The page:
At GITEX 2018, Dell EMC revealed the findings of its recent Dell Technologies Digital Transformation Index (the DT Index). The DT Index, which was completed in collaboration with Intel, maps Digital Transformation progress of mid to large-sized companies and examines the digital hopes and fears of business leaders.
Based on responses from business leaders in the UAE and KSA, only 4% of these businesses see themselves as digital leaders, while 87% agree or strongly agree that Digital Transformation initiatives need to be even more wide-spread throughout their organisations.
Barriers to Digital Transformation
According to the research, 90% of businesses in the UAE and KSA are facing significant roadblocks to their Digital Transformation initiatives today.
The top five barriers to Digital Transformation are
- Data privacy and cybersecurity concerns – 42%
- Lack of the right in-house skill sets and expertise – 30.7%
- Information overload – 29.3%
- Regulation or legislative changes – 28.7%
- Lack of budget and resources – 26.7%
Mohammed Amin, Senior Vice President, Middle East, Turkey and Africa at Dell EMC, said: “The inputs from the UAE and Saudi Arabia paint a picture of a region that is well-aware of the criticality of transformation and vocal about the need for more widespread transformational initiatives across their organisations.
“While the challenges ahead are acknowledged and focus areas are prioritised accordingly, the overall view towards technology and its potential for the region remains optimistic.”
Conquering their challenges
The research indicates that businesses are taking steps to overcome their barriers and only 32% strongly agree they’ll disrupt rather than being disrupted within five years. Although progress in these areas is patchy or slow in the UAE and KSA, we see that:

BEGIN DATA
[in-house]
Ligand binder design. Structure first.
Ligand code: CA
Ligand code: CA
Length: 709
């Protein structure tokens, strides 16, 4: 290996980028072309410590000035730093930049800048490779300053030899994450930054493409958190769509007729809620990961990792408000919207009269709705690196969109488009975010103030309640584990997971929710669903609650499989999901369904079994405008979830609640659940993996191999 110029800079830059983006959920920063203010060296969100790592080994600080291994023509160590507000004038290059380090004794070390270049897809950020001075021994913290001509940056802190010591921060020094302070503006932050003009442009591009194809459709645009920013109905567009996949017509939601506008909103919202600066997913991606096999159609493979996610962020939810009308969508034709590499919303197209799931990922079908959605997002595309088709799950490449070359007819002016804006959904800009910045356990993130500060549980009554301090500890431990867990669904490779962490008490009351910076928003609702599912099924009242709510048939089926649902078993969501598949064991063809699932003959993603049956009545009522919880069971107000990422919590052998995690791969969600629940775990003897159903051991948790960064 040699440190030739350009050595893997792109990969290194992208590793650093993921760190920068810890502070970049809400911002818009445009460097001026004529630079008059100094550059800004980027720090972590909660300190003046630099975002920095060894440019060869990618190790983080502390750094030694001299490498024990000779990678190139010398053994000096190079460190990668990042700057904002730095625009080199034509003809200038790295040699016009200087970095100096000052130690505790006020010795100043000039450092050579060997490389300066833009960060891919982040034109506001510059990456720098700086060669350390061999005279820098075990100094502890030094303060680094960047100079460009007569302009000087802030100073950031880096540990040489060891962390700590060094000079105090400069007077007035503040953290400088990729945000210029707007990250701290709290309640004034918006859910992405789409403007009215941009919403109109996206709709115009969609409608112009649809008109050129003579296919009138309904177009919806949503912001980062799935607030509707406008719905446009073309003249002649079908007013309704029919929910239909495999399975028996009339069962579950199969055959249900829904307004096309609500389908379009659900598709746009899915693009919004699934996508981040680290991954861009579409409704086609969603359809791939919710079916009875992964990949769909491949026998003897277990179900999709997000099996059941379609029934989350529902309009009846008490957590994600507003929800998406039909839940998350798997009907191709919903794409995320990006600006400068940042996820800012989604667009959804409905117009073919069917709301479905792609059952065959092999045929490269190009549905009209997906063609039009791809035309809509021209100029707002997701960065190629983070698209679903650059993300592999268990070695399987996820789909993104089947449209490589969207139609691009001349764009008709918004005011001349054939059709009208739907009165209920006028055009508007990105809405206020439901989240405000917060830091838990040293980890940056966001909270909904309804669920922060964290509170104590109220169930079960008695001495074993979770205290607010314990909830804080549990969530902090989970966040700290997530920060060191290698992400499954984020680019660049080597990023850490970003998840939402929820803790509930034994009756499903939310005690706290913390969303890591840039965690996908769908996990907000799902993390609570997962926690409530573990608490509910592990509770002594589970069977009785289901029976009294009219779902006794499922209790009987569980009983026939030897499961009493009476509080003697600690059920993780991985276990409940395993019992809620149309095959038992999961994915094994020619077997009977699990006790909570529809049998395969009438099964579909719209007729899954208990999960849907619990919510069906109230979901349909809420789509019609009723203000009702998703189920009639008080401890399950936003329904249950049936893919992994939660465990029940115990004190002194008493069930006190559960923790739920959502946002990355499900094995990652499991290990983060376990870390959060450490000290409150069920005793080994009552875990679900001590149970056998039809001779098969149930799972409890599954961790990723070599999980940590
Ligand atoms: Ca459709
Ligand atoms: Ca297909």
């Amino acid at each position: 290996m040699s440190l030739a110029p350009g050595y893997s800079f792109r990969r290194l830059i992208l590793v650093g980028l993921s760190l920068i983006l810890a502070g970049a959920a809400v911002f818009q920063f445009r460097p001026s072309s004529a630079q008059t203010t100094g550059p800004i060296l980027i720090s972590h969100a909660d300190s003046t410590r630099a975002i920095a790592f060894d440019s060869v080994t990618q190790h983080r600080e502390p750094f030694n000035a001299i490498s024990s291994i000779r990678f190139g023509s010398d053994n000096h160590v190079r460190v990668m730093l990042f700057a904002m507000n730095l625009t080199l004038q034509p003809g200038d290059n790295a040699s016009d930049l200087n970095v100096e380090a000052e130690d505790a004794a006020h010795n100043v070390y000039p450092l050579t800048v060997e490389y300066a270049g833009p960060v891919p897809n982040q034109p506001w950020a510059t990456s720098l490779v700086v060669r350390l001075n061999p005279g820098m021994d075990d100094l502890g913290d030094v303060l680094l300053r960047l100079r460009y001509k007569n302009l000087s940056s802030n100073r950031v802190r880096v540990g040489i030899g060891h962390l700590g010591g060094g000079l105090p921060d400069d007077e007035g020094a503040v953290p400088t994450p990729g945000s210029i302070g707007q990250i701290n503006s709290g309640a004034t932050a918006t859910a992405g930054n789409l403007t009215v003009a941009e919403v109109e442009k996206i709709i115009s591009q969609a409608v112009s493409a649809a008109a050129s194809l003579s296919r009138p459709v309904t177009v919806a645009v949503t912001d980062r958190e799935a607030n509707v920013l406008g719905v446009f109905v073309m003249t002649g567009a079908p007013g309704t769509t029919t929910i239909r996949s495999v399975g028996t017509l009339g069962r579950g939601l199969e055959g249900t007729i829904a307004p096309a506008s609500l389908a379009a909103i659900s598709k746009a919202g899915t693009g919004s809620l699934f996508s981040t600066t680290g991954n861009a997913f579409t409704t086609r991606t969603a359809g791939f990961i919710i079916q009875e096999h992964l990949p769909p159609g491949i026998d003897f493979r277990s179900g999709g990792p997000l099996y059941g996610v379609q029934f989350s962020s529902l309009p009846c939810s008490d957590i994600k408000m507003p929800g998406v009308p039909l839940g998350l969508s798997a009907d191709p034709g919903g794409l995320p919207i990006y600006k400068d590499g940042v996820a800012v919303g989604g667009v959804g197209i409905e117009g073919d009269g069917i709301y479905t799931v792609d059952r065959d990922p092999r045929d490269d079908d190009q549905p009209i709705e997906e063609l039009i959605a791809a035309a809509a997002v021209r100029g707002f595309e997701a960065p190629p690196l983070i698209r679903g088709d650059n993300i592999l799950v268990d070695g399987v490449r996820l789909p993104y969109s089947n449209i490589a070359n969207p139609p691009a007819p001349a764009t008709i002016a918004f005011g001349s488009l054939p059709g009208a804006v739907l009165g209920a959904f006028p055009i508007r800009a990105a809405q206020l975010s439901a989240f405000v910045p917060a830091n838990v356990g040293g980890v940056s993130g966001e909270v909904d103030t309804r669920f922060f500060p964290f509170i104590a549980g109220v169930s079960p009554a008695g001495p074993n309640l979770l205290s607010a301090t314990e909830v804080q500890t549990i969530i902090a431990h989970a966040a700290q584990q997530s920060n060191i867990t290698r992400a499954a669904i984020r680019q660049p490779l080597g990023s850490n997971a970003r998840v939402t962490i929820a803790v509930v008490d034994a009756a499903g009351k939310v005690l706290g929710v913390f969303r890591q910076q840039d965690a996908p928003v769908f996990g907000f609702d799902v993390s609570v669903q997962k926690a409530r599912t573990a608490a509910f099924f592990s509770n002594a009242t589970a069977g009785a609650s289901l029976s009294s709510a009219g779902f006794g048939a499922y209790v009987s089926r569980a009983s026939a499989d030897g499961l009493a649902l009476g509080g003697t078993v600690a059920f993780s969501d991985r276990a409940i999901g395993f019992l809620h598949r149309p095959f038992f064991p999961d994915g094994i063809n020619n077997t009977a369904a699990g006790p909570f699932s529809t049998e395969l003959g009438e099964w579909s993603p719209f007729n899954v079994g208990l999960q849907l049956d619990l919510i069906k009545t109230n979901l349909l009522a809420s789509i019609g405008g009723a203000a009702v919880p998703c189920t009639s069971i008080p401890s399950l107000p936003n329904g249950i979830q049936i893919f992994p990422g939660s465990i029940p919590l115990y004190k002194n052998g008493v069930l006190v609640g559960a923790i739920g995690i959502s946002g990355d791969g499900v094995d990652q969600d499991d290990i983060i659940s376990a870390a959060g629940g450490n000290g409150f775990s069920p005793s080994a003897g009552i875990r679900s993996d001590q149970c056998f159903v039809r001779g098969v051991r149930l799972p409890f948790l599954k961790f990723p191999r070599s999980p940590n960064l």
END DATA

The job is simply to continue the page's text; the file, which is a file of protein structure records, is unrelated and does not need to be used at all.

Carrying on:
- 52% are using digital technologies to accelerate new product or services development (down by less than 1% from 2016)
- 48% are striving to develop the right skills sets and expertise in-house, such as teaching staff how to code (up from 31% in 2016)
- 46% of businesses are building security and privacy into all devices, applications and algorithms (down from 53% in 2016)
- 44% are embracing agile software development, allowing them to code and securely launch new applications within much shorter cycles (an increase from 33% in 2016)
Companies are also turning to emerging technologies and cybersecurity to power (and secure) their transformation.
Planned investments within the next one to three years:
- 58% of regional businesses intend to invest in cybersecurity
- 52% of businesses intend to invest in IoT technologies
- 45% of businesses intend to invest in Flash technology
A small but significant number of businesses are even planning to experiment with nascent technologies. 21% will be investing in VR or AR, 20% in quantum computing and 11% in Blockchain.
DT Index Leader Board
Two years after the DT Index’s initial launch in 2016, Dell Technologies and Intel have more than doubled the scope of the research, from 16 countries to 42 and bench-marked 4,600 businesses, using the following groupings:
|Benchmark||Description||2018 analysis||2016 analysis|
|Digital Leaders||Digital transformation, in its various forms, is ingrained in the DNA of the business||4%||4%|
|Digital Adopters||Have a mature digital plan, investments and innovations in place||27%||12%|
|Digital Evaluators||Cautiously and gradually embracing digital transformation; planning and investing for the future||31%||35%|
|Digital Followers||Very few digital investments; tentatively starting to plan for the future||29%||37%|
|Digital Laggards||Do not have a digital plan, limited initiatives and investments in place||9%||11%|
While there is minimal growth in the Digital Leadership group, the Digital Transformation Index has tracked dynamic movement across other groups. For instance, 27% of businesses now are categorised as Digital Adopters (a rise from 12% in 2016). These companies have advanced digital plans and innovations in place to power their transformation.
However, the Digital Transformation Index also reveals many companies are in the bottom two groups meaning they’re either moving too slowly or don’t even have a digital plan in place.
Independent research company, Vanson Bourne surveyed 4,600 business leaders from mid to large-size companies, across 42 countries to gauge their organisations’ place on the Dell Technologies Digital Transformation Index. Vanson Bourne classified businesses’ digital business efforts by examining their IT strategy, workforce transformation initiatives and perceived performance against a core set of digital business attributes.
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